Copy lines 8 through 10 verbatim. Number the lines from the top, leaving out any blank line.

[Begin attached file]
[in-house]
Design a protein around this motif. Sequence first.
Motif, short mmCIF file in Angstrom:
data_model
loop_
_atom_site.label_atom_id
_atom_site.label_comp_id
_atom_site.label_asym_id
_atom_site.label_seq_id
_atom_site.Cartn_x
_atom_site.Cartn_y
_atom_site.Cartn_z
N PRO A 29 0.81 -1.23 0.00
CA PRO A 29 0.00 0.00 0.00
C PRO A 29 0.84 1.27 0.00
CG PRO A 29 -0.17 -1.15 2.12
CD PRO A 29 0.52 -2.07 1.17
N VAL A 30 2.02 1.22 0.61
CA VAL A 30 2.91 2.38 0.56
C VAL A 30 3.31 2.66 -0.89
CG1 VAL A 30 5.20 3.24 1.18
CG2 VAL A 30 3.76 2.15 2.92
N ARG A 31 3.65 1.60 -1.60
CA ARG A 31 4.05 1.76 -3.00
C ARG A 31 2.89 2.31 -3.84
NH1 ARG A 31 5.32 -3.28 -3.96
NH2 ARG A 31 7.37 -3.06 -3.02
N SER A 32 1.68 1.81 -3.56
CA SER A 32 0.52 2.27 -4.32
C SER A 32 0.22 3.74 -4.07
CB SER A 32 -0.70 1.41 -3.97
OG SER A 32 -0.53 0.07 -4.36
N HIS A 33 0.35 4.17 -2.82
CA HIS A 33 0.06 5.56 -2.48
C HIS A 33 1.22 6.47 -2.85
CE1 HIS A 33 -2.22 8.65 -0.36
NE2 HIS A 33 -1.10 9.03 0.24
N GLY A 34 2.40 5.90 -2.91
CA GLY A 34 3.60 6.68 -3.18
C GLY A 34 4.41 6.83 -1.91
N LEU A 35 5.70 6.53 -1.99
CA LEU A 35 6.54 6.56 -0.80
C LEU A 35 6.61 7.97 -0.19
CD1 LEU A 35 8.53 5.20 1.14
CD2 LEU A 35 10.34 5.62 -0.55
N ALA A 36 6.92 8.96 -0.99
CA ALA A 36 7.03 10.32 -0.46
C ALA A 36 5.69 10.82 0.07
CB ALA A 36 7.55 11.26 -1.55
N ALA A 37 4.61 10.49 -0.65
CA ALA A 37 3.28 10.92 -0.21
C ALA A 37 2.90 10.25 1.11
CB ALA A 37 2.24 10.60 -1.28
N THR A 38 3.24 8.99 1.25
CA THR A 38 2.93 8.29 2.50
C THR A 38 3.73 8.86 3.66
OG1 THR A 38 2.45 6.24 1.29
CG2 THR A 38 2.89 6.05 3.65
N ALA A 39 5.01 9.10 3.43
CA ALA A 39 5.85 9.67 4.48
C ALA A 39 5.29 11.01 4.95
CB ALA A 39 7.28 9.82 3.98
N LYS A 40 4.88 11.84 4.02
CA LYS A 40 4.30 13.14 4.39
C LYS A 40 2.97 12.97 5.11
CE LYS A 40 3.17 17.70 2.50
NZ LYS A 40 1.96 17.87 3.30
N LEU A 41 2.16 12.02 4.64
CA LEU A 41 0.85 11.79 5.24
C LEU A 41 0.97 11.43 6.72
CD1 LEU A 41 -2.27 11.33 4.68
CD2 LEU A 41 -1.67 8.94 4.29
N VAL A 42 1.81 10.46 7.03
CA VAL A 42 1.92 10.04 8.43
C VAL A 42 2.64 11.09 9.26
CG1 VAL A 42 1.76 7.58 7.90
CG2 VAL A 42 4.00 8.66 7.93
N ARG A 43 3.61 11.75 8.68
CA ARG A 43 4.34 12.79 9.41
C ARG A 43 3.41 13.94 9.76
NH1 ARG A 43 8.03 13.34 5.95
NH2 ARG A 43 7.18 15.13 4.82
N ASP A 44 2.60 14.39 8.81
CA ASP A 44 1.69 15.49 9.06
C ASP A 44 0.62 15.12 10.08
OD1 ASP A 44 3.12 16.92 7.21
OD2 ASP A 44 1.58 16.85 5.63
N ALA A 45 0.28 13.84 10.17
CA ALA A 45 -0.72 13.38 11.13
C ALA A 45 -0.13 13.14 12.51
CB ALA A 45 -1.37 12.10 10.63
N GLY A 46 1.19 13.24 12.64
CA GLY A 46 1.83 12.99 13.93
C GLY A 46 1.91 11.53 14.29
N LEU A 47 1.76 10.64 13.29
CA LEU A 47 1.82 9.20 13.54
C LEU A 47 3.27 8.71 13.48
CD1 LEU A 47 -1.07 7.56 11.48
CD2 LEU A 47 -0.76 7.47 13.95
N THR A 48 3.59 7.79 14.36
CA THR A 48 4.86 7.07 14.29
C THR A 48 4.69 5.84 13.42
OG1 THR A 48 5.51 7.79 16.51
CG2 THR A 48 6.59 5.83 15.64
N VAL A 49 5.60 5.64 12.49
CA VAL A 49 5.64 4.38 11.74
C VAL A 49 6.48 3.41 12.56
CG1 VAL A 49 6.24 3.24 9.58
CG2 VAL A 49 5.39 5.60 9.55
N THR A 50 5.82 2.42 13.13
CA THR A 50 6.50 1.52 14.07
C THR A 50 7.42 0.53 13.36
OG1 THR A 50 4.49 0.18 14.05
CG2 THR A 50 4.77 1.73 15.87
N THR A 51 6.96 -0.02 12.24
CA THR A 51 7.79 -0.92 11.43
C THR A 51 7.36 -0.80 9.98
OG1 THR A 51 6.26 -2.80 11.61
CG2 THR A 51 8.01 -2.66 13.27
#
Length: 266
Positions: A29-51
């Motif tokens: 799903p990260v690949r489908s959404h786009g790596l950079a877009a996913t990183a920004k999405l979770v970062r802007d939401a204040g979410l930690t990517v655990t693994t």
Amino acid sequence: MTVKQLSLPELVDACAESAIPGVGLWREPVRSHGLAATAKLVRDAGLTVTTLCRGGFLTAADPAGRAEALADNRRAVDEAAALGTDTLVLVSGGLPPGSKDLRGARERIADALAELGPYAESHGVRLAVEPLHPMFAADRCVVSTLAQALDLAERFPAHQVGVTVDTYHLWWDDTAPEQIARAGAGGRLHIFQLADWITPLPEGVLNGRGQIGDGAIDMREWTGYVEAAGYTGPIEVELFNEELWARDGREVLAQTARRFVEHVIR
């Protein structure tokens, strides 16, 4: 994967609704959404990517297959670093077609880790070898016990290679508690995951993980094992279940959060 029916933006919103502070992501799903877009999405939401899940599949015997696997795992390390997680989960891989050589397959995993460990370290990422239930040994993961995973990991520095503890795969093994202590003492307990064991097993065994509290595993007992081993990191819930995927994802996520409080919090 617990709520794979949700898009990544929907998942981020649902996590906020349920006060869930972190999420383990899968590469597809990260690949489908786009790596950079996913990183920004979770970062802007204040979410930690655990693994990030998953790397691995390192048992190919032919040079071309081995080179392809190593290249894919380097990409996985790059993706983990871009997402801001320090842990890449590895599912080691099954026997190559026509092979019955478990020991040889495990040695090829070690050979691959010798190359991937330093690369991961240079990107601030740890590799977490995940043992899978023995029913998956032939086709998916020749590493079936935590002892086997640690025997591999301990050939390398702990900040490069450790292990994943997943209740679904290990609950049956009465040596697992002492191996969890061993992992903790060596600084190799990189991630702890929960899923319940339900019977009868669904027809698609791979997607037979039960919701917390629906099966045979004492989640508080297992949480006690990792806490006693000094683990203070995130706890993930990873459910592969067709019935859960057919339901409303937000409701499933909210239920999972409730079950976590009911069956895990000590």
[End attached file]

_atom_site.label_asym_id
_atom_site.label_seq_id
_atom_site.Cartn_x